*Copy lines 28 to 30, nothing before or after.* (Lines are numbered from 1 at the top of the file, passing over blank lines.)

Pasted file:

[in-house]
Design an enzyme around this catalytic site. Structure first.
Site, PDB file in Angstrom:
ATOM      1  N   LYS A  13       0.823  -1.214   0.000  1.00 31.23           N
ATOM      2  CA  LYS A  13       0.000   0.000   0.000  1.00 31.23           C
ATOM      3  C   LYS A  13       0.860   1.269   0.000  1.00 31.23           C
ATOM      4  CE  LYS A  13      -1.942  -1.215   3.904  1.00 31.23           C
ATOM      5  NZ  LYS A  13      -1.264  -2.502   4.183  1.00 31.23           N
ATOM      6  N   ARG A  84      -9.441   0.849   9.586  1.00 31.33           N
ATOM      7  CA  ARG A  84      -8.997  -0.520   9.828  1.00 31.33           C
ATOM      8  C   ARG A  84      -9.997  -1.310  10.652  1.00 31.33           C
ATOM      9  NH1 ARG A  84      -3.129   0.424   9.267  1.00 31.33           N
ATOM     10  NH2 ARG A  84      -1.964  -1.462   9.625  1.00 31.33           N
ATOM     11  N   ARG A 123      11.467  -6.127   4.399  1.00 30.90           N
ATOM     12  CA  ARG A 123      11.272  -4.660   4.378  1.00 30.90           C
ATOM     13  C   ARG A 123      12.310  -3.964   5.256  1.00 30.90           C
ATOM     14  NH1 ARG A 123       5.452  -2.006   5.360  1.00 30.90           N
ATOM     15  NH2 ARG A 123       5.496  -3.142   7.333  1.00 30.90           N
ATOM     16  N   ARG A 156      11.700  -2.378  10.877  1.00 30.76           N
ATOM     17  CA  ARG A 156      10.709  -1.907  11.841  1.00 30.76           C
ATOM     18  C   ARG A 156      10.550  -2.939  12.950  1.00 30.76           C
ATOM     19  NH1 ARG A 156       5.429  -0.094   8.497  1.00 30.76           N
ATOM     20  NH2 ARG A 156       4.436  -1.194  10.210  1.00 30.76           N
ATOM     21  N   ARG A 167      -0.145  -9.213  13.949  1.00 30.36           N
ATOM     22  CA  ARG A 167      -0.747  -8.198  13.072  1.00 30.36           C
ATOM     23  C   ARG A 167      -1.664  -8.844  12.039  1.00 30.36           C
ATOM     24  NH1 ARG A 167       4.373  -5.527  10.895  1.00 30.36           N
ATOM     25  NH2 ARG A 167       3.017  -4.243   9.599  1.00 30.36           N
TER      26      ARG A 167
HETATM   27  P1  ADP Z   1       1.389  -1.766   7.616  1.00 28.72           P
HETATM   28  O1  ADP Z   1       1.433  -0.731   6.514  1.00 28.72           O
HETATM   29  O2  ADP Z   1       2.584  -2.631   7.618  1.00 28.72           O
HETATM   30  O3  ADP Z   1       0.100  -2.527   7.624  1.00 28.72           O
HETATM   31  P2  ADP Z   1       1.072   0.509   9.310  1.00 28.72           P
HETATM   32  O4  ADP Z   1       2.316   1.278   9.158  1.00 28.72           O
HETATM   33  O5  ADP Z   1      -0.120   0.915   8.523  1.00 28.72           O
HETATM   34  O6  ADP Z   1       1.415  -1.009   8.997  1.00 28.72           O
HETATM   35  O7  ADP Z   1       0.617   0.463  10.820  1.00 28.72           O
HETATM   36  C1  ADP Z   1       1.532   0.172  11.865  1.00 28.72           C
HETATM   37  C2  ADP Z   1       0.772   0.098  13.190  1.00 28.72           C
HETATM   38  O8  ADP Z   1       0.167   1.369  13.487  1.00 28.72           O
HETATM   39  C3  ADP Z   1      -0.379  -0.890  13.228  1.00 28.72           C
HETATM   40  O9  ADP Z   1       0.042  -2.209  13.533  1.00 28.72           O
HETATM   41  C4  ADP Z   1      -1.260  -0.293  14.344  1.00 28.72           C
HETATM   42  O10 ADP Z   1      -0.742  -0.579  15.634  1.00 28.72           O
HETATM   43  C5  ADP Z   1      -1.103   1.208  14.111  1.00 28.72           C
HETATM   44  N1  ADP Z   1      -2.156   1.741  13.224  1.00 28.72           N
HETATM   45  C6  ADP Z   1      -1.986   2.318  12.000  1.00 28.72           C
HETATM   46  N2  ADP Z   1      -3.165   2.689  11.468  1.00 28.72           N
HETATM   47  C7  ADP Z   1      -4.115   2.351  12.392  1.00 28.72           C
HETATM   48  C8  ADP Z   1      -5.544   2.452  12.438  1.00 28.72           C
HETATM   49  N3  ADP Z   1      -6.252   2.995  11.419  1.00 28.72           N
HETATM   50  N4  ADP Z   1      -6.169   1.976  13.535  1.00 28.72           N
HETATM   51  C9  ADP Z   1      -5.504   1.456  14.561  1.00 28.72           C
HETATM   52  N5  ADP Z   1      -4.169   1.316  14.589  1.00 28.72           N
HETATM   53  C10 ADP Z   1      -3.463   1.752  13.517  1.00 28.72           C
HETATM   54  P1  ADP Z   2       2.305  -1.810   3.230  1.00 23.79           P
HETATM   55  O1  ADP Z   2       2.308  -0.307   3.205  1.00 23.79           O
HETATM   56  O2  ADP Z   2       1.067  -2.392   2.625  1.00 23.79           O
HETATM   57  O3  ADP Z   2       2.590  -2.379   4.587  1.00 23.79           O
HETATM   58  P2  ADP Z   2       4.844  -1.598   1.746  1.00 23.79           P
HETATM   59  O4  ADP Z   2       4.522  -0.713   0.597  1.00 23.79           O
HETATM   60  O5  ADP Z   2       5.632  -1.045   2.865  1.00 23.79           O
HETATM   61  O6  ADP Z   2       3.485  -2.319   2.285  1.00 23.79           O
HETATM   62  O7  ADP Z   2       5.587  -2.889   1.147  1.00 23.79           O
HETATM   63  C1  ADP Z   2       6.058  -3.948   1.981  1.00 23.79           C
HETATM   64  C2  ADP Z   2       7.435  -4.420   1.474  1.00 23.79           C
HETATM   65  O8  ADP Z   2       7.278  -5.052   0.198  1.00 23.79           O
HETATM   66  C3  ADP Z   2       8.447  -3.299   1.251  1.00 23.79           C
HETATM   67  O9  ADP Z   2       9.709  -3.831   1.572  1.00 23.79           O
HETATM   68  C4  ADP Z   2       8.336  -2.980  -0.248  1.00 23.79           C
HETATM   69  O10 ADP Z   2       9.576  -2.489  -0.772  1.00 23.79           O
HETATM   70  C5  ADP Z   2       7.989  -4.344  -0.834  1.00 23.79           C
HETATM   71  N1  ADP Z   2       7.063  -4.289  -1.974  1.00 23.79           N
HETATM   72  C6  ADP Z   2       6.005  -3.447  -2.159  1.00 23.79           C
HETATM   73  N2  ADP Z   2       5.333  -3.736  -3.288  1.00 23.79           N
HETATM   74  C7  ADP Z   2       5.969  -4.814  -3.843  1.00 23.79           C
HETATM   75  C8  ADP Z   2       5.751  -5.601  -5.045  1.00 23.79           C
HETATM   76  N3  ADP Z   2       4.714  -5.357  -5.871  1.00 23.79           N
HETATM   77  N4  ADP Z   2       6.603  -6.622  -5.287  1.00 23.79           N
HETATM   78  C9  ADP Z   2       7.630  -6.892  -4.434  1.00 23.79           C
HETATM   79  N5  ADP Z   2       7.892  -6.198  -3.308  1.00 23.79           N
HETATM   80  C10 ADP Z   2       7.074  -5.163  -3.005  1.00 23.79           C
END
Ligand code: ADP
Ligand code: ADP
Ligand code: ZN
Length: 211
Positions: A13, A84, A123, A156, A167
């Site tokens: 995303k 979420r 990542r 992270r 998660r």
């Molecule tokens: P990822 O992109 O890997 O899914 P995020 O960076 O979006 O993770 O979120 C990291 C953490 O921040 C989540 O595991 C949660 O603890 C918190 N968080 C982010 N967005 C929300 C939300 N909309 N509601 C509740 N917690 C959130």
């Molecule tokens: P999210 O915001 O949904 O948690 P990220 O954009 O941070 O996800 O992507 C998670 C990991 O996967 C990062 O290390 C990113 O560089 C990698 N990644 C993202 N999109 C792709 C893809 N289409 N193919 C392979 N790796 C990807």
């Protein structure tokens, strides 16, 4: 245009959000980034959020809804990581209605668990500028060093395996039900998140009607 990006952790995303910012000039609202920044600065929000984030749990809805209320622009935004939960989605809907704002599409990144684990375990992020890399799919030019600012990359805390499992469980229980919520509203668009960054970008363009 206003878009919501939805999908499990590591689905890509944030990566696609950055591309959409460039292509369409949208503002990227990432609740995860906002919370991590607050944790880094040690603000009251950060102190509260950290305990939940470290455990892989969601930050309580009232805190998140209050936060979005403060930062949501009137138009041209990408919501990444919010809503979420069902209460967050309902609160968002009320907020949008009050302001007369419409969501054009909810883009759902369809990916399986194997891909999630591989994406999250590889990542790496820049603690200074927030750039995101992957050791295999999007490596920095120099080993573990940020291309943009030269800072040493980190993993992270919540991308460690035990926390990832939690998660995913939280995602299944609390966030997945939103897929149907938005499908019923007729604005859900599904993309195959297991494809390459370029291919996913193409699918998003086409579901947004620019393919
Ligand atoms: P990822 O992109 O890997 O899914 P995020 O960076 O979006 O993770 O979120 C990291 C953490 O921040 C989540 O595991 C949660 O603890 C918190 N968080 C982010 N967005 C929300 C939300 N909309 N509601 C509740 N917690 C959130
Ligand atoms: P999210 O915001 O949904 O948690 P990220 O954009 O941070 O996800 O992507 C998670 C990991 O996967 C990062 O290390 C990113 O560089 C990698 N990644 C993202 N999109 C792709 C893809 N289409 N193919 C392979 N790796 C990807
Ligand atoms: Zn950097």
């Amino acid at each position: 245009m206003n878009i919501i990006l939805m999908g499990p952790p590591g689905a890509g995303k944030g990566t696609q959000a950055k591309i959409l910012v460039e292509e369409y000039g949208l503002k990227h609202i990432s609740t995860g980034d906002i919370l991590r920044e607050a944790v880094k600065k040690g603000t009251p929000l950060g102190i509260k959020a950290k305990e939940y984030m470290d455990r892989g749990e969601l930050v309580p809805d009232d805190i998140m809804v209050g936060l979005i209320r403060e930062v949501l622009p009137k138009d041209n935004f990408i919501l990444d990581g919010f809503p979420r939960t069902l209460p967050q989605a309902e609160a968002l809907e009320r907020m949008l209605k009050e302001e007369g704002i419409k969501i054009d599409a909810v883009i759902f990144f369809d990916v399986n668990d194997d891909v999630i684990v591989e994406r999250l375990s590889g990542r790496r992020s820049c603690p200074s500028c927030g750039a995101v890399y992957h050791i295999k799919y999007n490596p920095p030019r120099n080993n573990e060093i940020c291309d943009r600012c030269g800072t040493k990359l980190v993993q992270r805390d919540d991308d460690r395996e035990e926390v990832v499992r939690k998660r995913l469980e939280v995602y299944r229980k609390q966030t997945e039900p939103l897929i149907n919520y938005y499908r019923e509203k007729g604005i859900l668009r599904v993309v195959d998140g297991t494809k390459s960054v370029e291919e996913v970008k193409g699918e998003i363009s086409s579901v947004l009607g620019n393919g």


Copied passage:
ATOM     25  NH2 ARG A 167       3.017  -4.243   9.599  1.00 30.36           N
TER      26      ARG A 167
HETATM   27  P1  ADP Z   1       1.389  -1.766   7.616  1.00 28.72           P